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Chief Michael Cerone thanks fellow law enforcement officers who lined up along North Ferris Street.

The bagpiped strains of “God Bless America” filled North Ferris Street as Chief Michael Cerone exited Irvington police headquarters on the afternoon of Thursday, Feb. 11. 

Members of police departments from around Westchester County, along with Irvington officials and residents, stood outside to salute Cerone, whose 45-year career in law enforcement, including 42 years in Irvington, was ending because he was approaching 70, the mandatory retirement age.

“The turnout here is a sign of respect for a man who’s always had respect for law enforcement and the Village of Irvington,” Mayor Brian Smith said. He added that although calls from the chief were often not to deliver good news, “I always knew I had someone who was very capable, calm, and up to whatever the task was that presented itself.”

In a heartfelt farewell speech, Cerone thanked local officials, as well as volunteer fire department and ambulance corps members, for their service and cooperation through the years.

“Finally,” Cerone said, “I didn’t do this alone. I wish to thank all the members of the Irvington Police Department for their service. It has been an honor to be chief of the department and to come to know all of you, both personally and professionally.” He also thanked his colleagues’families and spouses for their support and sacrifice.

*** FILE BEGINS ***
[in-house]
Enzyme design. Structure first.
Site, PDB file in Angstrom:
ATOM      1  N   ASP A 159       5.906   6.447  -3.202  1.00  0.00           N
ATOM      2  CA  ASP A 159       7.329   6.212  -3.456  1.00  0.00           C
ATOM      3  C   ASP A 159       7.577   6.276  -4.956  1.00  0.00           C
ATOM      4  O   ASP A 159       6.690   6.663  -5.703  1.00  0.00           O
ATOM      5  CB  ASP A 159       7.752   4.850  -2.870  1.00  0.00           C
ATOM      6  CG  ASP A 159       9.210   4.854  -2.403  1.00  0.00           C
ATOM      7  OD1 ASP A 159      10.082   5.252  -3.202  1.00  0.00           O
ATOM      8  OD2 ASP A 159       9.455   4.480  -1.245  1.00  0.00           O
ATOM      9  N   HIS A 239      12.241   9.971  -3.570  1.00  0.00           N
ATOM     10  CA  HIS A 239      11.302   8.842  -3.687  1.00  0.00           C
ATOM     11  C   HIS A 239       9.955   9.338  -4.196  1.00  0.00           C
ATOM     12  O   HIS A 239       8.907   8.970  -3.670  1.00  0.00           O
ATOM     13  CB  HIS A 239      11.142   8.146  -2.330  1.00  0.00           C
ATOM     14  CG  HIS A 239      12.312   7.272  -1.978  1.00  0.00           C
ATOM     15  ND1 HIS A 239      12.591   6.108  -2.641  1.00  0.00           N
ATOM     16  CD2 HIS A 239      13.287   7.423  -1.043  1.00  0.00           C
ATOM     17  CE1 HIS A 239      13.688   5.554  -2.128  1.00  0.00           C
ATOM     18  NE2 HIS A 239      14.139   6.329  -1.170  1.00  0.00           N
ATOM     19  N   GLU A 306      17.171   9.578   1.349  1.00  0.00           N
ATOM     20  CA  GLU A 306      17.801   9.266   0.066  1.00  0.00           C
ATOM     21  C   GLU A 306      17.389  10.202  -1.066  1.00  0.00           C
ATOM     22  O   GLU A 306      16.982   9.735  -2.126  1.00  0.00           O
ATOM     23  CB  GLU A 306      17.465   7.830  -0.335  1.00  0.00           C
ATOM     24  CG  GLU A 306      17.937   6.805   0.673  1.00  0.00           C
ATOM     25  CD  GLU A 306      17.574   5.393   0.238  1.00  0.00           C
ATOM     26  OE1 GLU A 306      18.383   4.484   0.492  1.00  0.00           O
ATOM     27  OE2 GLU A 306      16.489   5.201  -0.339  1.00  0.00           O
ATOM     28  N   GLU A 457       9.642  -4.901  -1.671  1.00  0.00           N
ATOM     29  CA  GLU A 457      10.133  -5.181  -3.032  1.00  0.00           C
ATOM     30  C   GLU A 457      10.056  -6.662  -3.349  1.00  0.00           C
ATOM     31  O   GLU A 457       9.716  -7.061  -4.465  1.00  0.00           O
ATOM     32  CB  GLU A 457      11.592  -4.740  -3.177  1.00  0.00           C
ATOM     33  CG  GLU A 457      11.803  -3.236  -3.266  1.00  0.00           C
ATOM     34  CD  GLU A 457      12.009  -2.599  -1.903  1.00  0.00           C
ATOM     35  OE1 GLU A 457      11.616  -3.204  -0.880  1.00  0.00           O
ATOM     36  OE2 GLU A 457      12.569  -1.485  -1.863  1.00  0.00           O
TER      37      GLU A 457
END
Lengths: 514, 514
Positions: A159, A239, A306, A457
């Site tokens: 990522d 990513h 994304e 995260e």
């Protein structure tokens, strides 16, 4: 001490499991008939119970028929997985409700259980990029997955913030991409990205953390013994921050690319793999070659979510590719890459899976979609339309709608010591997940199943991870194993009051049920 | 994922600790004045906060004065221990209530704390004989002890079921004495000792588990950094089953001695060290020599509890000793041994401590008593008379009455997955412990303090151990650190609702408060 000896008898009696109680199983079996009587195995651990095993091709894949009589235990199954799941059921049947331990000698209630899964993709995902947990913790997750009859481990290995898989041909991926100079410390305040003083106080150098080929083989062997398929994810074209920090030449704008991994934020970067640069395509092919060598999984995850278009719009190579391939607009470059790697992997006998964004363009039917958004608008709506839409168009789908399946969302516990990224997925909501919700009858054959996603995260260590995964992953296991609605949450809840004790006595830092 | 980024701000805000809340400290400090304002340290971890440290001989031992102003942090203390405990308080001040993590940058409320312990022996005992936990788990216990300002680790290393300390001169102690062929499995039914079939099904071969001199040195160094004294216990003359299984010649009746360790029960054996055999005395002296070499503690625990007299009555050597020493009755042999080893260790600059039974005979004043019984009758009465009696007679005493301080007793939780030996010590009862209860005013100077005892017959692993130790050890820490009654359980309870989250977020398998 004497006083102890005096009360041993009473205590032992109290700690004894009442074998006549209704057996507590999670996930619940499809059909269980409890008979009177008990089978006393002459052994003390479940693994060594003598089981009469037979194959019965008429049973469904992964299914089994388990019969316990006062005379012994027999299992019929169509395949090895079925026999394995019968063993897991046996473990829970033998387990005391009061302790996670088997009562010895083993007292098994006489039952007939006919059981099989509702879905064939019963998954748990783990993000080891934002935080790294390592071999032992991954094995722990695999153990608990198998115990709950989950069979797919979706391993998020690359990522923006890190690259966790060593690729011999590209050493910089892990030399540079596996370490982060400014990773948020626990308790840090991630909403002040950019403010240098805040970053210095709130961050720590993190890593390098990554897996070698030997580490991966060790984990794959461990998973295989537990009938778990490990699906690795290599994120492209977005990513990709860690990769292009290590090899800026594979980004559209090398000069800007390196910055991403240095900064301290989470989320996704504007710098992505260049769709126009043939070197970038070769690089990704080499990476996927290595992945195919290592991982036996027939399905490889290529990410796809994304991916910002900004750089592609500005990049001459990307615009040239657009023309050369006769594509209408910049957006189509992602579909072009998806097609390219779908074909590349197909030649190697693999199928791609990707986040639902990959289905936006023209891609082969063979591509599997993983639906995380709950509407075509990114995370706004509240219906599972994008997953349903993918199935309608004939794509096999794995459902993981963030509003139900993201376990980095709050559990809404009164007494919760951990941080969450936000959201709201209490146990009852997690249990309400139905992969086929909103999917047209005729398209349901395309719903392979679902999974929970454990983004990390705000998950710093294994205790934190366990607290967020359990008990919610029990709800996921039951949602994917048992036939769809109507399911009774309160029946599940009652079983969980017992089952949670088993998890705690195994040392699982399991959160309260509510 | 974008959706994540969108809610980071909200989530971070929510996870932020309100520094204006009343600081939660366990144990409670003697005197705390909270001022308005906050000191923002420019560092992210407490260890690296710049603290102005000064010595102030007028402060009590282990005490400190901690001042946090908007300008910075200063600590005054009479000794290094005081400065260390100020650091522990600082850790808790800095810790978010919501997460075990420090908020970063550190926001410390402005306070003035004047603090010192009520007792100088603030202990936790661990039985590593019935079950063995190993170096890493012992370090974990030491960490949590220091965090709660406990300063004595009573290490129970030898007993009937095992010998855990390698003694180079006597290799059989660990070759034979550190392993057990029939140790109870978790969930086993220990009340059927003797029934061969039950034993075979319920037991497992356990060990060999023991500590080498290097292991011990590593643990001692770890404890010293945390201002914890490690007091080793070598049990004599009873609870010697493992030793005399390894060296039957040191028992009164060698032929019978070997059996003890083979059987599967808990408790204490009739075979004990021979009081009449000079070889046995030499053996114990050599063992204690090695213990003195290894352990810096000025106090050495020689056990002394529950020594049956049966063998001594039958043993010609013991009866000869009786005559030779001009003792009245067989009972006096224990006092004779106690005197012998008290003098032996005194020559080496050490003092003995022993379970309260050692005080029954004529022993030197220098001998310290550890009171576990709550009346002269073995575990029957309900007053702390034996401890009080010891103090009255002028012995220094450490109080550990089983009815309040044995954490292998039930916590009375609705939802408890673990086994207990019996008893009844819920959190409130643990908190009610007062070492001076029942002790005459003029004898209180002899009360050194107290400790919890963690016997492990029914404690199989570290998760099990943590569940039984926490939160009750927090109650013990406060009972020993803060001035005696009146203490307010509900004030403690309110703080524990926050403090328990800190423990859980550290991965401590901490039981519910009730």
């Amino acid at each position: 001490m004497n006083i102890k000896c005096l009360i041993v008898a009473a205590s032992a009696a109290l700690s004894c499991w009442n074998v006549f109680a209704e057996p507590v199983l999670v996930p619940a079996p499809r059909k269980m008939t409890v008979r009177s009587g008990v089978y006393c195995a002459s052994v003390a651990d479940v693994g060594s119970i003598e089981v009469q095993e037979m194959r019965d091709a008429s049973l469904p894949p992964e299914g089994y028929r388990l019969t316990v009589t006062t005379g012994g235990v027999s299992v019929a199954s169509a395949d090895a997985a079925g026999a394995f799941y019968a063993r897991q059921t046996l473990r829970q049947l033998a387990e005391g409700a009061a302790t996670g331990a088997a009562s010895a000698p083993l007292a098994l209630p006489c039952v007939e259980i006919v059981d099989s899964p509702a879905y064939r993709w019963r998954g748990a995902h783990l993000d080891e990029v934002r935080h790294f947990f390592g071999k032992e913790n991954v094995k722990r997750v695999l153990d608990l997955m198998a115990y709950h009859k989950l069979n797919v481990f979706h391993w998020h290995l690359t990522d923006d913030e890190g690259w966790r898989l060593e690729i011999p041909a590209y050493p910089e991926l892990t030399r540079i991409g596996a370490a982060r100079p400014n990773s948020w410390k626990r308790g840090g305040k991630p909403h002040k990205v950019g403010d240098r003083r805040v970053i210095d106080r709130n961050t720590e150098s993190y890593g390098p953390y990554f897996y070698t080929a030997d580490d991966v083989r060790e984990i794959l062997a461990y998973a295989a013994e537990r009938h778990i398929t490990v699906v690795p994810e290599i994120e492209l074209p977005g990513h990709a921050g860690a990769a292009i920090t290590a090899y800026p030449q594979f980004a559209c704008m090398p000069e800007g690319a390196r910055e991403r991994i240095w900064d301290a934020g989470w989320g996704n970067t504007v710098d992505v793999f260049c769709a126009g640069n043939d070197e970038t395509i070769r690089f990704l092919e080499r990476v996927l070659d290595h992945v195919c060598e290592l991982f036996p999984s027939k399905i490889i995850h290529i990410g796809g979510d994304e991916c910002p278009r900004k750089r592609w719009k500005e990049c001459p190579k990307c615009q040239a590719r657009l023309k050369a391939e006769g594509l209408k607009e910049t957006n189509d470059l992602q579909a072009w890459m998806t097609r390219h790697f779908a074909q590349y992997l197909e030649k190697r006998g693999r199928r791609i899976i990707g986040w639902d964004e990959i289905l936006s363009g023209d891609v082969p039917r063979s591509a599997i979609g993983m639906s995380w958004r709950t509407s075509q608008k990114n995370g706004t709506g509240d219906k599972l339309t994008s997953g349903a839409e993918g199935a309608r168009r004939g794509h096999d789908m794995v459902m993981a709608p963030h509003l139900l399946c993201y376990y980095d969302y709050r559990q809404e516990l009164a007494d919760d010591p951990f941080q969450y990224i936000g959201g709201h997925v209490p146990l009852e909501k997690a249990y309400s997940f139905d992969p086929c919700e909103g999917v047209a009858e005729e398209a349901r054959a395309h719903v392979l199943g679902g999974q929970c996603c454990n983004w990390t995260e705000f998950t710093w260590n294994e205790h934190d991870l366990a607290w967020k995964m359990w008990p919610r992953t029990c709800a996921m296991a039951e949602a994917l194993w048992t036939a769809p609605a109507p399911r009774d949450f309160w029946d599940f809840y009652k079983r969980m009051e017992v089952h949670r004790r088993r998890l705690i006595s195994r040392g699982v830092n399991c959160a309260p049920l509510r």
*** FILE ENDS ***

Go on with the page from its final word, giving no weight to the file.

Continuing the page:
Cerone, who formerly lived in the village but now resides in Ossining, told the Enterprise that he looks forward to traveling and visiting relatives around the country once Covid-related restrictions are lifted. 

He became fascinated with police work while watching the 1950s TV series “Dragnet.” Before his first police job, he served in the U.S. Navy, spending two years on active duty and four years in the naval reserves. He joined the Westchester County Sheriff’s Department (now part of the Westchester County Department of Public Safety) in 1976. 

Three years later, he was hired by the Irvington Police Department. Change, he recalled, had been “constant” since then.

“When I came on the job here in 1979, the population was between 2,500 and 2,700, and now it’s 6,700 to 7,000,” he said. “There were approximately 18 officers and now there are 23.”

Policing technology also evolved. When he was first hired, local police departments were on the same radio frequency, so they heard each other’s calls. Nowadays, each department has its own radio frequency. Police vehicles are also outfitted with high-tech camera systems. 

The Irvington police department is getting closer to equipping all its officers with body cameras, according to Cerone. “We’re working toward that goal,” he said, referring to talks with the Police Benevolent Association (PBA), which is the rank-and-file’s union. 

“I don’t really see it as being a burden on any side,” he explained. “It’s a good working tool, preventing unnecessary complaints. You can just go to the video and see what occurs. That makes it a better tool than just getting videos from other people’s cameras.”

Infrequently during his tenure, the comparative calm of Irvington was interrupted by violence. In 2015, a man stabbed a woman at the Metro-North train station until then-Fire Chief Chris DePaoli, who witnessed the attack, held off the assailant with a baseball bat until police arrived. In 2018, a kitchen worker fatally stabbed a longtime prep cook at the River City Grille on Broadway.

On a daily basis, though, much of the department’s work involves building relationships within the community — “the seniors, the high-schoolers, and the whole school district,” Ceroneexplained. “It’s progressive.”

This year, all police departments in New York State are under orders from Gov. Andrew Cuomo to examine their policies and procedures, with a critical eye toward improving their relationships with civilians, especially minorities. 

On Feb. 17, Cerone was replaced by Lt. Frank Pignatelli, a member of the Irvington Police Department since 2011 and of the Greenburgh SWAT Team since 2012.

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